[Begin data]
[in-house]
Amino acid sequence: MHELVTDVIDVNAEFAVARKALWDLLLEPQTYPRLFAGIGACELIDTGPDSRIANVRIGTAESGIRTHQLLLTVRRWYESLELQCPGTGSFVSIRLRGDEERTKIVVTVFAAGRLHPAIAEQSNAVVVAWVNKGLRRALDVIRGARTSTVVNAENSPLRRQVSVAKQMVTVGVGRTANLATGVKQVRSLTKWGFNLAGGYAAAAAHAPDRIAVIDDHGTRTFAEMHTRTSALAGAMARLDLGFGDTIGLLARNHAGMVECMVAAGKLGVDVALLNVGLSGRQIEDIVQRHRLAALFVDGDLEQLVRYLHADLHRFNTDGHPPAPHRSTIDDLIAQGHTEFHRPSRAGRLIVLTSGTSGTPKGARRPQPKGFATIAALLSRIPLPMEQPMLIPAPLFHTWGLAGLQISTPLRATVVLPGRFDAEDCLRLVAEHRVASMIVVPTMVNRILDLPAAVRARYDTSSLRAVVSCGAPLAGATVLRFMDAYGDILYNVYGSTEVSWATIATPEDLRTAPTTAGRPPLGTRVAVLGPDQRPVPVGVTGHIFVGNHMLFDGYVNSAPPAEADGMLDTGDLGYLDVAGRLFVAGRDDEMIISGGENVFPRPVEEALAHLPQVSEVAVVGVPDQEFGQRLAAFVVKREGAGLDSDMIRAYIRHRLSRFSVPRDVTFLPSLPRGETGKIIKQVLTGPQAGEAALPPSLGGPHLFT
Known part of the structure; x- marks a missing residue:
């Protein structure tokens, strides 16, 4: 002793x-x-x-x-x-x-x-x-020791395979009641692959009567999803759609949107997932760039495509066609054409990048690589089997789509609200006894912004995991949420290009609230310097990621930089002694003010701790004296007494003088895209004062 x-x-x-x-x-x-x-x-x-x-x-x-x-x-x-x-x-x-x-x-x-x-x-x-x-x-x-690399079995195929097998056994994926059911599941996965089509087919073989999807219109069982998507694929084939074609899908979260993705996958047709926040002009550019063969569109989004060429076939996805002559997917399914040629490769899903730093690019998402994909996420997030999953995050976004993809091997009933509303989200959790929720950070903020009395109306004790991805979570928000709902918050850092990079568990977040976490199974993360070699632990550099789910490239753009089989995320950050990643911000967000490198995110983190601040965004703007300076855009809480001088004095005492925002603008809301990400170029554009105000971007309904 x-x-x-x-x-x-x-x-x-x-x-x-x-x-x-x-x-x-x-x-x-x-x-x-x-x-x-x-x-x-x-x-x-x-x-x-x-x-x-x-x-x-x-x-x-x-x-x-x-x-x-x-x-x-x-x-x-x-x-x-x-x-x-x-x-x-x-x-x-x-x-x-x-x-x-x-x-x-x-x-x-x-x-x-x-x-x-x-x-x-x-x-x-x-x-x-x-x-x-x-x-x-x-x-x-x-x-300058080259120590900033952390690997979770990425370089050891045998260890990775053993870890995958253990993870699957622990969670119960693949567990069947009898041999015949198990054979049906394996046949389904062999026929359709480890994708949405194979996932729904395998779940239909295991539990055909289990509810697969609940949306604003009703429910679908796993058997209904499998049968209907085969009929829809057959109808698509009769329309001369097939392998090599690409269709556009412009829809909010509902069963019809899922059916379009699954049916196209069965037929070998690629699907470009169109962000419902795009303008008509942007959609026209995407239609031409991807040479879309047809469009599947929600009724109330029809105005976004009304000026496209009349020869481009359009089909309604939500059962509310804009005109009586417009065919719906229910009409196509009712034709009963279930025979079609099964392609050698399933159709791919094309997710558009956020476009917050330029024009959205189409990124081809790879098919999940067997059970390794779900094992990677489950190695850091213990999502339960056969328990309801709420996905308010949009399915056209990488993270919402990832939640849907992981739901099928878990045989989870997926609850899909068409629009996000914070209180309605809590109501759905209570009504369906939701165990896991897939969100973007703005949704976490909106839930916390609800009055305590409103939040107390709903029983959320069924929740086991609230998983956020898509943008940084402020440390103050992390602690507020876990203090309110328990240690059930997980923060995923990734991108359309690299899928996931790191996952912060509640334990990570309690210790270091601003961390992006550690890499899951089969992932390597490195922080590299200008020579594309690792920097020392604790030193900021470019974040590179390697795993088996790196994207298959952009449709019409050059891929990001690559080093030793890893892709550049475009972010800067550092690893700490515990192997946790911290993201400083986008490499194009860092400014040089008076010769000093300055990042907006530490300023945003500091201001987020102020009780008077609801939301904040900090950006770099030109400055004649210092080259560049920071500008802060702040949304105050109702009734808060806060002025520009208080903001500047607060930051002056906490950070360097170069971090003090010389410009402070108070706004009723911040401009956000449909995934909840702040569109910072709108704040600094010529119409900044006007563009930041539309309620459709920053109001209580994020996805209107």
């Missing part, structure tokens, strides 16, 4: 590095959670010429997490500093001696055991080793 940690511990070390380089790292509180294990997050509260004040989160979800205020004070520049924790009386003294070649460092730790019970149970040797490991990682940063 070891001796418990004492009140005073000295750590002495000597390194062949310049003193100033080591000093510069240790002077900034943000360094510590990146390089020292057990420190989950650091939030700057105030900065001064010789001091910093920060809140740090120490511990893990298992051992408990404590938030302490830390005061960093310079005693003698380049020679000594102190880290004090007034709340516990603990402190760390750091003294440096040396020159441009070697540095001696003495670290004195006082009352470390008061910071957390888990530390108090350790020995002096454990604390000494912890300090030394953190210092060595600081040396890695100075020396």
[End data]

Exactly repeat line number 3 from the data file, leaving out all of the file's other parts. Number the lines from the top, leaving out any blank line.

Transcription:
Known part of the structure; x- marks a missing residue: